2. A method of rapidly activating a heat responsive material on a paper base in a completely protective atmosphere comprising the steps of: providing an integral, compressible layer of fibrous refractory material interengaged and compressed to form myriads of minute passages, said layer being compressed uniformly, and sufii- J ciently to prevent any combustion beneath said'surface in said layer to cause infrared glow when a combustible gaseous mixture is forced therethrough and combusted, the fibers on the surface of said layer being pressed fiat against said surface with a fine mesh screen to prevent extension of individual fibers and glowing thereof; forcing a mixture of pressurized combustible gas and air through said layer; continuously combusting said mixture after emergence thereof from the surface of said layer; forming a continuous, substantially thick mantle of high temperature, air-excluding flue gases over the entire surface of said layer, While maintaining said surface blue and completely free of glow and radiant heat; and inserting the material on the paper base to be heated into said mantle closely adjacent said surface for a short interval of time.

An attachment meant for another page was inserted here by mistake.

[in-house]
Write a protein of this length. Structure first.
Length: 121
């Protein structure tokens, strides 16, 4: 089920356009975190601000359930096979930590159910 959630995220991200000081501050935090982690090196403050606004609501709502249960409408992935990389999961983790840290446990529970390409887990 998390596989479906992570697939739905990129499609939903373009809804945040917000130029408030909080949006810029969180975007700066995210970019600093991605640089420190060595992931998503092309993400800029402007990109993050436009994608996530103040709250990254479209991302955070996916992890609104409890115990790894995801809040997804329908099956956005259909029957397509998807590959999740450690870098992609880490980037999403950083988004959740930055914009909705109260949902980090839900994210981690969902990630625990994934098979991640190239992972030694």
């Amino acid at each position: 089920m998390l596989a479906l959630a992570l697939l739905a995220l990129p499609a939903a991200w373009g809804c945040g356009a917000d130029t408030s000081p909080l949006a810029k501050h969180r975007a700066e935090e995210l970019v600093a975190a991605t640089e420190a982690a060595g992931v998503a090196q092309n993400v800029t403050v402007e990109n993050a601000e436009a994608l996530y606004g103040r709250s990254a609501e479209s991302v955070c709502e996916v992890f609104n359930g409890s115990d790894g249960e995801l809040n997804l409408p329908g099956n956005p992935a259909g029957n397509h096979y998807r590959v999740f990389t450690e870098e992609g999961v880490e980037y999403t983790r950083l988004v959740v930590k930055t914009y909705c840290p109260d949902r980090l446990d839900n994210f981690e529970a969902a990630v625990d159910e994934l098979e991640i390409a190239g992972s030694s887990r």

References ilited by the Examiner UNITED STATES PATENTS 1,238,011 8/ 17 Ellis 158-99 1,331,022 2/20 Mathy 158-99 1,830,826 11/31 Cox 158-99 2,362,972 11/44 Brownback 158-99 2,423,237 7/47 Haslacker 156-497 XR 2,528,738 11/50 Calkins et al 158-99 2,552,845 5/51 Crosby 158-99 2,786,511 3/57 Reid 156-497 XR 3,027,936 4/62 Lamp 158-99 3,057,400 10/62 Wagner 158-99 XR FOREIGN PATENTS 2,100 1900 Great Britain.
EARL M. BERGERT, Primary Examiner.
DOUGLAS 1. DRUMMOND, ALEXANDER WY- MANN, Examiners.
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|U.S. Classification||432/9, 432/31, 156/308.4, 432/22, 431/329, 156/309.9|
|International Classification||F23D14/16, F23D14/12|